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A slowing PC market weighs down Microsoft

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Microsoft’s popular software Windows make about a tenth of its revenue and a slowdown in the PC market could hurt its sales

Microsoft’s popular software Windows make about a tenth of its revenue and a slowdown in the PC market could hurt its sales

(This article is part of Today’s Cache, The Hindu’s newsletter on emerging themes at the intersection of technology, innovation and policy. To get it in your inbox, subscribe here..)

The devices market had been gradually slowing down since March. The PC segment was expected to decline by about 7% as of the end of June, according to some estimates. And by the end of September, the PC segment, which includes desktops, laptops, tablets and Chromebooks, has further declined. 

Worldwide PC shipments totalled 68 million units in the third quarter of 2022, a 19.5% drop compared to the same period last year, according to estimates by Gartner. The drop in shipment comes against the backdrop of high inflation fanned by worries of a global slowdown, which has forced businesses and consumers to pull back spending on laptops and desktops.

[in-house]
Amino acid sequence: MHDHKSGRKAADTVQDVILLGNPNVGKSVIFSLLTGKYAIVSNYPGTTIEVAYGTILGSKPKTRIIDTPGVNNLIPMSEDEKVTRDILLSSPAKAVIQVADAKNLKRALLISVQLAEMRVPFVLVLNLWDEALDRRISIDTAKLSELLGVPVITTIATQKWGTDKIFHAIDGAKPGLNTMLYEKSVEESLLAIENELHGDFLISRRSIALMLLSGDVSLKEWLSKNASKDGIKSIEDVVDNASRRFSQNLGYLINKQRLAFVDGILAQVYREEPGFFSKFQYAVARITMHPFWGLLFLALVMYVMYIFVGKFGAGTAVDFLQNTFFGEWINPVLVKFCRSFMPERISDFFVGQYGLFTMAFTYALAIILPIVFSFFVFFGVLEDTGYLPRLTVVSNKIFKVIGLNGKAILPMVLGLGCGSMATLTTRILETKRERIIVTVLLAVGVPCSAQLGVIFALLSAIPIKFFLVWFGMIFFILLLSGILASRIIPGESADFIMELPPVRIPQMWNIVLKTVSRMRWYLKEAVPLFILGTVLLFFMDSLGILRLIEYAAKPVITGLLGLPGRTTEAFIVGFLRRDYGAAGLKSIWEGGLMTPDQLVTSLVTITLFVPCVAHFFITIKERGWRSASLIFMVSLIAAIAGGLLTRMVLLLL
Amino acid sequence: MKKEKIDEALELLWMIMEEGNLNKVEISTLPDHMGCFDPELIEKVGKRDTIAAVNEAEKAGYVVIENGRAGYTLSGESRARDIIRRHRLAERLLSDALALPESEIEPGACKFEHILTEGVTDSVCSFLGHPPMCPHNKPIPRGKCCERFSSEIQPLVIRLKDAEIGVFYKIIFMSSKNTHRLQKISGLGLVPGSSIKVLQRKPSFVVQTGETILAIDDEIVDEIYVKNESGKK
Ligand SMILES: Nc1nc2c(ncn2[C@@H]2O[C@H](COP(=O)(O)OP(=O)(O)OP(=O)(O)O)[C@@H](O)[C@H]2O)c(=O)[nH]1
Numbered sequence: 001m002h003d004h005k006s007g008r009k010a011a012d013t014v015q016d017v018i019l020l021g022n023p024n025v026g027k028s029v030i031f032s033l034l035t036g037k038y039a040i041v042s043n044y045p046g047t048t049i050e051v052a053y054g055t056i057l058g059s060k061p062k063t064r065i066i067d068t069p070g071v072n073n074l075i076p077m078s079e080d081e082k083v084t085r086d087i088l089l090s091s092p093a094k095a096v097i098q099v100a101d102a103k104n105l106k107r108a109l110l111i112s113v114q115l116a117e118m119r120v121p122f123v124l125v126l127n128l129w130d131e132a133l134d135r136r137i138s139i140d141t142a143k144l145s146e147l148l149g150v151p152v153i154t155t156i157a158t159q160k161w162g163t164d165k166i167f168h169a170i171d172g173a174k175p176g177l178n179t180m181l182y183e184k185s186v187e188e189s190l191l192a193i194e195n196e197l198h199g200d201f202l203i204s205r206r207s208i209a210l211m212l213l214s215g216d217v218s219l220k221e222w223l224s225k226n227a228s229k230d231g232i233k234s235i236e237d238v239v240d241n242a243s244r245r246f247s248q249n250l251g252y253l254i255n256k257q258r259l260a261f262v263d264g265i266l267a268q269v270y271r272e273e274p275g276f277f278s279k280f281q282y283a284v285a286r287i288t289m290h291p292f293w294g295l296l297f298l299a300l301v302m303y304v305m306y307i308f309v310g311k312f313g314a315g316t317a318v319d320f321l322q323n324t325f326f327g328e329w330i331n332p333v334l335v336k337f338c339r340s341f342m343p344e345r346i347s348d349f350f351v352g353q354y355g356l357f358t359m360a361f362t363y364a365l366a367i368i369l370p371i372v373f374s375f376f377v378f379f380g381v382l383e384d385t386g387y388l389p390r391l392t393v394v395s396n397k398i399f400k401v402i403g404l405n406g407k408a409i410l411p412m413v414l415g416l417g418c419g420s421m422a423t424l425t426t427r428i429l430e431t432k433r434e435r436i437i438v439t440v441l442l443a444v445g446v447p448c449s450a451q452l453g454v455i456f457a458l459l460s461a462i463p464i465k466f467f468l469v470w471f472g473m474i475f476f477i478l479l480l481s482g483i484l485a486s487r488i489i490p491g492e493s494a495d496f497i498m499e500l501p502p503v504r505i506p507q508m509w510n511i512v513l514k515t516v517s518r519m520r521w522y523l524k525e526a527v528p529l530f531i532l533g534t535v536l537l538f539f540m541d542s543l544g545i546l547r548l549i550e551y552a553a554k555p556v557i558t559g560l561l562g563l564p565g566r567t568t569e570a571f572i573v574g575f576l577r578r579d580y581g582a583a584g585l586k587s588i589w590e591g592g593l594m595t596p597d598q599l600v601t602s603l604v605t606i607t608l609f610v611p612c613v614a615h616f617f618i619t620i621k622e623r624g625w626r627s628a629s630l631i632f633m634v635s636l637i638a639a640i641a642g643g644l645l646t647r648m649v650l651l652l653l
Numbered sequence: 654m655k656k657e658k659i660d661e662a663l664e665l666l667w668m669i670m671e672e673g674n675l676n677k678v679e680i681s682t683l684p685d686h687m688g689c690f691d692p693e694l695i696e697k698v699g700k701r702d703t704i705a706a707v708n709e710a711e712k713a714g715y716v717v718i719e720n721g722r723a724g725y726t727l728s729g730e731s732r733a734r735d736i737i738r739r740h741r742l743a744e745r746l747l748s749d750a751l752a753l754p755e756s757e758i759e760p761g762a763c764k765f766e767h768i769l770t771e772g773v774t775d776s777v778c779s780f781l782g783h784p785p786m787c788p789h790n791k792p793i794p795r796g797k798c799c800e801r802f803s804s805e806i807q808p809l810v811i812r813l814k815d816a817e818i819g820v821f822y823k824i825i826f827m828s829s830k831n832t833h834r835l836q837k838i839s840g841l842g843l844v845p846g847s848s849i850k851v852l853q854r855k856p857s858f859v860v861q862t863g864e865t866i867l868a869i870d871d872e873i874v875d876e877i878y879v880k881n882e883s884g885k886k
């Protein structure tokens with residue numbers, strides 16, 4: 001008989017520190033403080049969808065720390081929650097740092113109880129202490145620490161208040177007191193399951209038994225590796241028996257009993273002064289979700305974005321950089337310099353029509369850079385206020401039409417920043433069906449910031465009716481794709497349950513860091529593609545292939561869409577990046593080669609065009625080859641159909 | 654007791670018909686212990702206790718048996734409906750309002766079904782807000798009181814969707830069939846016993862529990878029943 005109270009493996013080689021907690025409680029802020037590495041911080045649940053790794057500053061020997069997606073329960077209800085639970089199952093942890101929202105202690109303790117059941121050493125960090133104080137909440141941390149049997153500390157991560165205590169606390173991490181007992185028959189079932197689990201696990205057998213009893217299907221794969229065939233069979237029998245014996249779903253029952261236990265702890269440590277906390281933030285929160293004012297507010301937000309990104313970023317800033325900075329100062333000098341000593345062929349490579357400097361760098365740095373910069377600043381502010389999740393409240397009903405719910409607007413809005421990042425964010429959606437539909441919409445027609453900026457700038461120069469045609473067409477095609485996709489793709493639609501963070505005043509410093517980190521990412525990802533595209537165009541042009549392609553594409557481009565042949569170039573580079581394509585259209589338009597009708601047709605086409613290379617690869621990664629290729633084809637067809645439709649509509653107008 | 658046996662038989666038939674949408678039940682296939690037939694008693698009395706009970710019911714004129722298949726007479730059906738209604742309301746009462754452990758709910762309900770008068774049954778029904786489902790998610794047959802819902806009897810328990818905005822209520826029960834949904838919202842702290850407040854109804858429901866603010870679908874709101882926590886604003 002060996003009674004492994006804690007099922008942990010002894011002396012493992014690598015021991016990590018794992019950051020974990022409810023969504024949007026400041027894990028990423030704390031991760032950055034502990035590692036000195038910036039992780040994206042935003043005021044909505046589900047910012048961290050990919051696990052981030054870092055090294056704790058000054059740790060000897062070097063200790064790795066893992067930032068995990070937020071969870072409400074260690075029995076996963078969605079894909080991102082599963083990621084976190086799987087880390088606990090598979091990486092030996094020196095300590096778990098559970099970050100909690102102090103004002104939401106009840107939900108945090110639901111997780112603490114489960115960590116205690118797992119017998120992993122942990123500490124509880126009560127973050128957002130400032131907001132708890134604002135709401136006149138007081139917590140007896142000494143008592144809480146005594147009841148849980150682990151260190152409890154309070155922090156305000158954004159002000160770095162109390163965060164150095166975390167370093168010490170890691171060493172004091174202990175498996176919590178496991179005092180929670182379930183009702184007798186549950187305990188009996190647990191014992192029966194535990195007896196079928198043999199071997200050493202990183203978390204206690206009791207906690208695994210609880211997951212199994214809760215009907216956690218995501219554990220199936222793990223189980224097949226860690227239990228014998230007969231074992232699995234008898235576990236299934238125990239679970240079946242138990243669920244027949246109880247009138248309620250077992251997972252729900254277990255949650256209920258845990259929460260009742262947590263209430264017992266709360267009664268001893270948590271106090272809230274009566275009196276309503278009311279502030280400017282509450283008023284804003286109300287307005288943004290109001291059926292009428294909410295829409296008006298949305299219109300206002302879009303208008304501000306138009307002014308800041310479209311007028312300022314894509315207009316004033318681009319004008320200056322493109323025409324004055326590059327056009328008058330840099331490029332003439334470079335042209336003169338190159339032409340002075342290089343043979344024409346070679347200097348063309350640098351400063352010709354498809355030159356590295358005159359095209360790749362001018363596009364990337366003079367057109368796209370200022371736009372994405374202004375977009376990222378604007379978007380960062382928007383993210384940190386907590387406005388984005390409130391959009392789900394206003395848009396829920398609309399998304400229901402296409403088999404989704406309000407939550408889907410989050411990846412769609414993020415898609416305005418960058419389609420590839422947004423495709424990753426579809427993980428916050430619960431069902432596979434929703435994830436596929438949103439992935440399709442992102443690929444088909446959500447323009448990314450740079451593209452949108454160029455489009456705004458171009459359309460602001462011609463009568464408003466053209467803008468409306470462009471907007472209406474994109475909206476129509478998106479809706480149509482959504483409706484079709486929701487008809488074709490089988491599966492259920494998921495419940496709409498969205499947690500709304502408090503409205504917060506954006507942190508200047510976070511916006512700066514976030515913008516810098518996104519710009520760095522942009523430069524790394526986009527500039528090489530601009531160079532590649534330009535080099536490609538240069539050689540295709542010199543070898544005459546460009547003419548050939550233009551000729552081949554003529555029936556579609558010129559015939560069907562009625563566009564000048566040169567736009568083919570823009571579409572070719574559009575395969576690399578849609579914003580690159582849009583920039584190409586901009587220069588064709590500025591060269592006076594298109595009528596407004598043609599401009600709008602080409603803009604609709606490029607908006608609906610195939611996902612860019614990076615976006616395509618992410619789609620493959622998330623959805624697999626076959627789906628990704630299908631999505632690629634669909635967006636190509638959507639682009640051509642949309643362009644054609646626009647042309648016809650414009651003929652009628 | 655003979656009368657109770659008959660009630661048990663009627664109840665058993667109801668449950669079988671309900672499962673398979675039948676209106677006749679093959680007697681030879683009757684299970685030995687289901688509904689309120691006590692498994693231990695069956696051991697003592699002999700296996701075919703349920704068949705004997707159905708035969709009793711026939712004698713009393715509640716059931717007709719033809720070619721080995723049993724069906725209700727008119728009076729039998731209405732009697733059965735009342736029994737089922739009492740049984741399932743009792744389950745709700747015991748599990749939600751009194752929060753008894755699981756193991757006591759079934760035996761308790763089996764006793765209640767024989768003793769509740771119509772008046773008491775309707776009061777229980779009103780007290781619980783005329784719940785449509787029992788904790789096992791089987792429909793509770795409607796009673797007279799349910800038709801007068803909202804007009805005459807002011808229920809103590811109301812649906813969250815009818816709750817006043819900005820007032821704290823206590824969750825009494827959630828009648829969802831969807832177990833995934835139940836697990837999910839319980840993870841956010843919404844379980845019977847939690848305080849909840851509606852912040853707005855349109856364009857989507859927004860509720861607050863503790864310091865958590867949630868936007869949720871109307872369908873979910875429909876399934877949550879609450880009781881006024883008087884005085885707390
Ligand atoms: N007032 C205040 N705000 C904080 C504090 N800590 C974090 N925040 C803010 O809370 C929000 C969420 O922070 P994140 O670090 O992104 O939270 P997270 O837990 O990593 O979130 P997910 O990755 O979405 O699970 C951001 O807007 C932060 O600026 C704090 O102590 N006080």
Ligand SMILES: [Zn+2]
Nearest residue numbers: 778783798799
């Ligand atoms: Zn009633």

A strong dollar has added to the squeeze, which has weighed down on earnings of global multi-national corporations. Microsoft, which earns half of its revenue from outside the United States, may have to change its annual outlook as the Windows software maker is set to post its slowest quarterly revenue growth in over five years on Tuesday. 

The company’s popular software licenses make about a tenth of its revenue and slowdown in PC market could hurt its sales. While a dent in sale of software licenses may be offset by the Redmond-based company’s cloud service business, but the difference may not be much as signs of a slowdown in cloud adoption are starting to emerge.      

According to one estimate, total revenues at the top 100 software firms are estimated to grow slowly in 2023, comparted to 2021. Software firms are the biggest customers of cloud vendors and their business growth is seen as proxy for the cloud services sector.

These factors have led to several brokerages lowering their price target on Microsoft in October, and the company’s stock has also declined by over 20% in 2022.



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